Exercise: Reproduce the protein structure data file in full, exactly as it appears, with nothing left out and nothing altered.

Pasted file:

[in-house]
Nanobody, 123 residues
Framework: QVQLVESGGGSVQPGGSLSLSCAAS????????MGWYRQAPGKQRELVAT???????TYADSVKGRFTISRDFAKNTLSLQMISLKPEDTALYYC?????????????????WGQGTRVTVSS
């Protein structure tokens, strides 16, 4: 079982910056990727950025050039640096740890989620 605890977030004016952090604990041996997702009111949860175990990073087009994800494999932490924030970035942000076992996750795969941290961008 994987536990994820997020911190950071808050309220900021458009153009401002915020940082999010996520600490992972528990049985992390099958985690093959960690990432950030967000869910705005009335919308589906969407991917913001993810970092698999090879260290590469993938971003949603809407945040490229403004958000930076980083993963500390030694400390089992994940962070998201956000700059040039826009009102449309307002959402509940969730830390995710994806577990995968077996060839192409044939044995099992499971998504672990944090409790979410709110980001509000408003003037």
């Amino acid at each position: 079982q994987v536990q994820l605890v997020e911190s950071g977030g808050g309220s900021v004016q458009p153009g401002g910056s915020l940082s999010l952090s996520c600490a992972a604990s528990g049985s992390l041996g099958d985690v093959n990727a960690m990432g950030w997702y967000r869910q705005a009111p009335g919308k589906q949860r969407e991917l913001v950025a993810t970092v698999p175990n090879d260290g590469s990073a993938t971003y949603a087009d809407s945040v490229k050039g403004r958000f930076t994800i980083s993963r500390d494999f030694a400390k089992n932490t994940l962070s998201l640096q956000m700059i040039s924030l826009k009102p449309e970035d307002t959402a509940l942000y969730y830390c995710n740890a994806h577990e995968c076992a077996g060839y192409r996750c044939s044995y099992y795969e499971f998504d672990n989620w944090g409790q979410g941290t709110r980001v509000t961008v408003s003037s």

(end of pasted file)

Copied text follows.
[in-house]
Nanobody, 123 residues
Framework: QVQLVESGGGSVQPGGSLSLSCAAS????????MGWYRQAPGKQRELVAT???????TYADSVKGRFTISRDFAKNTLSLQMISLKPEDTALYYC?????????????????WGQGTRVTVSS
């Protein structure tokens, strides 16, 4: 079982910056990727950025050039640096740890989620 605890977030004016952090604990041996997702009111949860175990990073087009994800494999932490924030970035942000076992996750795969941290961008 994987536990994820997020911190950071808050309220900021458009153009401002915020940082999010996520600490992972528990049985992390099958985690093959960690990432950030967000869910705005009335919308589906969407991917913001993810970092698999090879260290590469993938971003949603809407945040490229403004958000930076980083993963500390030694400390089992994940962070998201956000700059040039826009009102449309307002959402509940969730830390995710994806577990995968077996060839192409044939044995099992499971998504672990944090409790979410709110980001509000408003003037």
């Amino acid at each position: 079982q994987v536990q994820l605890v997020e911190s950071g977030g808050g309220s900021v004016q458009p153009g401002g910056s915020l940082s999010l952090s996520c600490a992972a604990s528990g049985s992390l041996g099958d985690v093959n990727a960690m990432g950030w997702y967000r869910q705005a009111p009335g919308k589906q949860r969407e991917l913001v950025a993810t970092v698999p175990n090879d260290g590469s990073a993938t971003y949603a087009d809407s945040v490229k050039g403004r958000f930076t994800i980083s993963r500390d494999f030694a400390k089992n932490t994940l962070s998201l640096q956000m700059i040039s924030l826009k009102p449309e970035d307002t959402a509940l942000y969730y830390c995710n740890a994806h577990e995968c076992a077996g060839y192409r996750c044939s044995y099992y795969e499971f998504d672990n989620w944090g409790q979410g941290t709110r980001v509000t961008v408003s003037s």